With my old school Model 995 carbine, product of the hard-working patriots in Ohio, I decided to pull off some low-key, low-budget updates. These turned out better than I thought so with that behind me, I figured I would share these with the community as a whole.
First things first
My classic carbine has been with me off and on for about fifteen years. When I say off and on, back about ten years ago, I traded that bad boy to a friend in a gun swap for a Marlin 922 rifle. As both at the time cost about $175, it was a fair trade. Well it turned out that I liked the old black 9mm carbine more than the wooden-stocked .22WMR rifle and after a few years, we were able to trade back, no harm no fowl.
In the meantime, I had acquired a Beretta CX4 carbine in 9mm and really liked the stock of that rifle, so it made sense to swap out the factory Hi-Point furniture for one of the ATI Beretta-ish replacement stocks. At the time (around 2006), these stocks ran about $45 on Amazon and Gunbroker, a little more elsewhere, so I shopped around and picked one up.
Swapping out the stock was a little frustrating but I got it all worked out and the overall appearance was like night and day. Sadly, I do not believe that ATI makes these stocks anymore, as they are not on their website. With that being said, I checked around and found a couple on the interwebs at various auction sites for about $30-$40, so they are still out there-- you just have to look.
After the ATI stock came a set of Uncle Mikes quick detach sling swivels ($15) to attach the basic black nylon strap that came with the rifle. These were needed as the factory sling mounts were on the old stock. Next, I added an active red laser that was sold through MKS as an aftermarket accessory for about $45. This Beamshot laser is still being sold for the older classic style rifles like this one, but the price has gone up a bit to $57. Meh, inflation.
Then came a few extra 10-rounder mags for the fun gun. Nevertheless, with all these extra mags, I felt like I needed something to put them in which led to...
The inspiration for the buttstock pouch is the old-school M1 carbine. This hearty little gun is about the same size as the 995 and was a standard-issue military arm to Uncle from 1942 through the 1960s when replaced (along with the M1 Garand, M14 rifle, and M3 submachine gun) by the new-fangled M16. Well one of the more groovy and underappreciated aspects of the M1 carbine was its two-pocket spare mag pouch that held a pair of extra 15-shot magazines ready for use on the buttstock.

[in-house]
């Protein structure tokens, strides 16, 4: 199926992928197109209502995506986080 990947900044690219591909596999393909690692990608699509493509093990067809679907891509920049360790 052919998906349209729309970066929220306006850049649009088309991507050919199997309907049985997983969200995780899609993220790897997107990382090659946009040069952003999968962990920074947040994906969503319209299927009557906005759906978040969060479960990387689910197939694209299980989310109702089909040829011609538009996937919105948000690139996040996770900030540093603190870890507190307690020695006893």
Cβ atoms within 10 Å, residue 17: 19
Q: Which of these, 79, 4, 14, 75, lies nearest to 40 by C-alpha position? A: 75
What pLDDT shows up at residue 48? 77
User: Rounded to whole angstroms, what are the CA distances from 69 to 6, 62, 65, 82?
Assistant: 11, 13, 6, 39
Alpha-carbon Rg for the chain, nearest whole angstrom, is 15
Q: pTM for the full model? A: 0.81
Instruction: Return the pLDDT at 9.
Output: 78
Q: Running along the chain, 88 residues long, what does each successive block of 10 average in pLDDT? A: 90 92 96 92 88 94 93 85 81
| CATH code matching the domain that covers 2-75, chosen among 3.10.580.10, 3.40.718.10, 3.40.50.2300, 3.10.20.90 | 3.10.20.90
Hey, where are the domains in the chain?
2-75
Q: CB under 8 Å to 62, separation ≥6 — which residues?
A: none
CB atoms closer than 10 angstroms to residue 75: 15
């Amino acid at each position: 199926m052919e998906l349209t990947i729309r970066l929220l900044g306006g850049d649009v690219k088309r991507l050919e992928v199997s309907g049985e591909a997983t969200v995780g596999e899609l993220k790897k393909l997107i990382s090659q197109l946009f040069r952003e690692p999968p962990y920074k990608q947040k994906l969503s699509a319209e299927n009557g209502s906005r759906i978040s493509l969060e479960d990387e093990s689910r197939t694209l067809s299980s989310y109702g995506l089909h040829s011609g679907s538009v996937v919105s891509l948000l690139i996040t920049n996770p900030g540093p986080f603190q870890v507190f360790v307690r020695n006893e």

(unfortunately the 995 mags, being single-stack, are too long to use in a vertical pouch like this, but you get the idea)
I looked around the market and found a few Hi-Point carbine mag pouch offerings that ran from $15-$25 smackers for products that I was just underwhelmed with. MKS even makes a nice one-- but it's designed for belts and not the gun. Therefore, I joined in a time-honored tradition here on the forum and decided to make my own.
Taking some Army ACU pattern material fabric from an old field uniform, I went from there and sewed my pouch up.
(My design uses the bottom of the stock, with a cut out for the sling swivel, made tight with velco, to hold fast)
Using a strip of hook and loop fastener (Velcro), I laid out the repurposed fabric in a roughly triangular-shaped sheet that I made from a pattern (take a sheet of copy paper, wrap it around the stock, and cut to fit), then tested the fit on the rifle before surging and sewing the Velcro closure that overlapped the bottom of the stock to hold it snug. Then I added the pockets with their own Velcro. Total cost for this pouch was around $6 (for the Velcro) and about an hour of my time.
The sewing involved was not complicated and if you can hem a pair of pants (come on guys, everyone should be able to!) you can pull this off. If you cannot, enlist the help of that special person in your life who can.
( I am left-eye dominant, so my left cheek is on the right, soft-side of pouch, but you could sew your own pouch to put the mags on either side, or even double them up to put two on each side, which would give you five mags at the ready)
In the end, my classic old 995 is ready with 30-rounds to go and is complete with an improved stock and active laser.
Besides the ammo that has gone through it over the years, I've invested just under $300 in the gun and sure, you can get a newer 995TS that has a nice stock and other options, but I kinda like my 15-year old warhorse.
I doubt I'll trade it again.